Egypt's govt gets to work
In the worst single incident this month, troops shot dead 53 protesters at Cairo's Republican Guard compound.
CAIRO - Egypt's interim government sets about the mammoth task of returning the country to civilian rule and rescuing the economy on Wednesday, a process complicated by deadly protests and a political stalemate with powerful Islamist groups.
Interim head of state Adli Mansour, the burly judge leading the army-backed administration, swore in 33 mainly liberal and technocratic ministers at the presidential palace on Tuesday.
He did not include a single minister representing either of Egypt's main Islamist groups that have won five straight elections since 2011.
Islamist President Mohamed Mursi was ousted by the military on July 3 after millions took to the streets to demand his resignation. Mursi's Muslim Brotherhood movement insists he be returned to power before it joins the political process.
The Brotherhood rejected the interim government led by Mansour and Prime Minister Hazem el-Beblawi, a veteran liberal economist.
"It's an illegitimate government, an illegitimate prime minister, an illegitimate cabinet," said Brotherhood spokesman Gehad El-Haddad. "We don't recognise anyone in it. We don't even recognise their authority as representatives of the government."
The ministers took up their posts hours after seven people were killed and more than 260 wounded when Brotherhood supporters clashed with police in central Cairo and nearby Giza.
The deaths took the number of people killed in clashes since Mursi's overthrow to at least 99.
The interim government has a daunting task ahead to drag the Egyptian economy out of its torpor, after two and a half years of upheaval left state coffers and food stocks running dangerously low.
Saudi Arabia, the United Arab Emirates and Kuwait - rich Gulf Arab monarchies happy to see the fall of the Brotherhood - have promised a total of $12 billion in cash, loans and fuel.
But investors are sceptical that major reforms can be enacted before a permanent government is in place. Parliamentary elections are expected to be held in about six months.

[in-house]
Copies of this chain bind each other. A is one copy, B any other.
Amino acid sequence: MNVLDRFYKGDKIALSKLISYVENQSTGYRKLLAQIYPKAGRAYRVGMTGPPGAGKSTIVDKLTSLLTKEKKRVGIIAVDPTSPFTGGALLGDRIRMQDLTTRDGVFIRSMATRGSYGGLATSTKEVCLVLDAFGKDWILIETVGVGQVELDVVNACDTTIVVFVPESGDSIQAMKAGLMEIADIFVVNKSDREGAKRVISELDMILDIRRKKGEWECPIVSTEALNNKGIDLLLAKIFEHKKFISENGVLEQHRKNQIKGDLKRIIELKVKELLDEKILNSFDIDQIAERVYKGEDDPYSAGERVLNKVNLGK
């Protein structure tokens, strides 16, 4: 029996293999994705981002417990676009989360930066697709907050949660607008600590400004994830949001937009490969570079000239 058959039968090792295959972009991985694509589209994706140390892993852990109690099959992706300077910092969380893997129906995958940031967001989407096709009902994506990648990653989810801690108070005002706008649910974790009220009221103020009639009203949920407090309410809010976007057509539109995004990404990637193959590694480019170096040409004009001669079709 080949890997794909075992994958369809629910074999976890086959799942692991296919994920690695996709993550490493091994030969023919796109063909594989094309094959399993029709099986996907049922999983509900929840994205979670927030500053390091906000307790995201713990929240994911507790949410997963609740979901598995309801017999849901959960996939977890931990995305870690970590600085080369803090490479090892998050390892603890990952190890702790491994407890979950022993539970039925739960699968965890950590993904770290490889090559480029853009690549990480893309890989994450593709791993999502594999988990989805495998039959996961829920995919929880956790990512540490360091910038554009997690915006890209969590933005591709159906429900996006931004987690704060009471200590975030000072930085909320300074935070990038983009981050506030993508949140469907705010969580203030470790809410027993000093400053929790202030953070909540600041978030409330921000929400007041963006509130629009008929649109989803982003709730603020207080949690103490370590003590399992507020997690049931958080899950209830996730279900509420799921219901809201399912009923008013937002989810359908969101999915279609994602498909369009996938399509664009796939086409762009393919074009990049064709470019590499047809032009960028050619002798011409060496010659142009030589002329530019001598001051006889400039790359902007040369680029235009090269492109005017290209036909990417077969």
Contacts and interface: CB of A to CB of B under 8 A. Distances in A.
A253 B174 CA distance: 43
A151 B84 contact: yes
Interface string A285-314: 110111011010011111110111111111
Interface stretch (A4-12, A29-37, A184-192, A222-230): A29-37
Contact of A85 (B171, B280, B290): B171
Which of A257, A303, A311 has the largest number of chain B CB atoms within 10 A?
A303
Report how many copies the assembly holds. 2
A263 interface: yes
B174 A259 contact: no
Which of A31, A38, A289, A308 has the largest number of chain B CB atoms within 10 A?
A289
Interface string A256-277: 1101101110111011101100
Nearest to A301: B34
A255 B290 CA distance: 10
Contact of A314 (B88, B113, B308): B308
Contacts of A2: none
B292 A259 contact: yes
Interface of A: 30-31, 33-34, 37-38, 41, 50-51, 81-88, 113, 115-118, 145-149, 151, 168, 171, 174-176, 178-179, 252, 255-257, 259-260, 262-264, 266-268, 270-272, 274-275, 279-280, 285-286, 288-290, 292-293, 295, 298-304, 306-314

New Planning Minister Ashraf al-Arabi has said Arab aid would sustain Egypt through its transition and that it did not need talks with the International Monetary Fund on a stalled loan.
Egypt sought $4.8 billion in IMF credit last year, but months of talks on the loan stalled with the government unable to agree on cuts in unaffordable subsidies for food and fuel.
Thousands of Brotherhood supporters gathered early on Wednesday outside the Rabaa Adawiya mosque in north-eastern Cairo, to maintain a protest vigil that has lasted nearly three weeks.
Mursi is being held incommunicado at an undisclosed location. Late on Tuesday, the public prosecutor ordered the start of official investigations into an old case accusing him and other Islamist leaders of planning a prison break during the 2011 uprising that ousted former President Hosni Mubarak.
In the North Sinai province bordering Israel and the Gaza Strip, Islamist militants have called on Muslims to rise up against Egypt's military after Mursi's ouster.
MILITARY TIGHTENS GRIP
Abdel Fattah al-Sisi, the general who deposed Mursi, was appointed Beblawi's first deputy, a move seen as consolidating the military's already dominant position in politics.
White House spokesman Jay Carney sidestepped questions about an appointment that is likely to further anger the Brotherhood.
The United States has avoided calling Mursi's overthrow a coup, because that would require it to halt aid, it nevertheless defended his legitimacy, a position that has attracted outrage from both sides in Egypt.
The European Union's foreign policy chief Catherine Ashton arrives in Cairo on Wednesday in a fresh round of diplomacy to pressure rival parties to reconcile.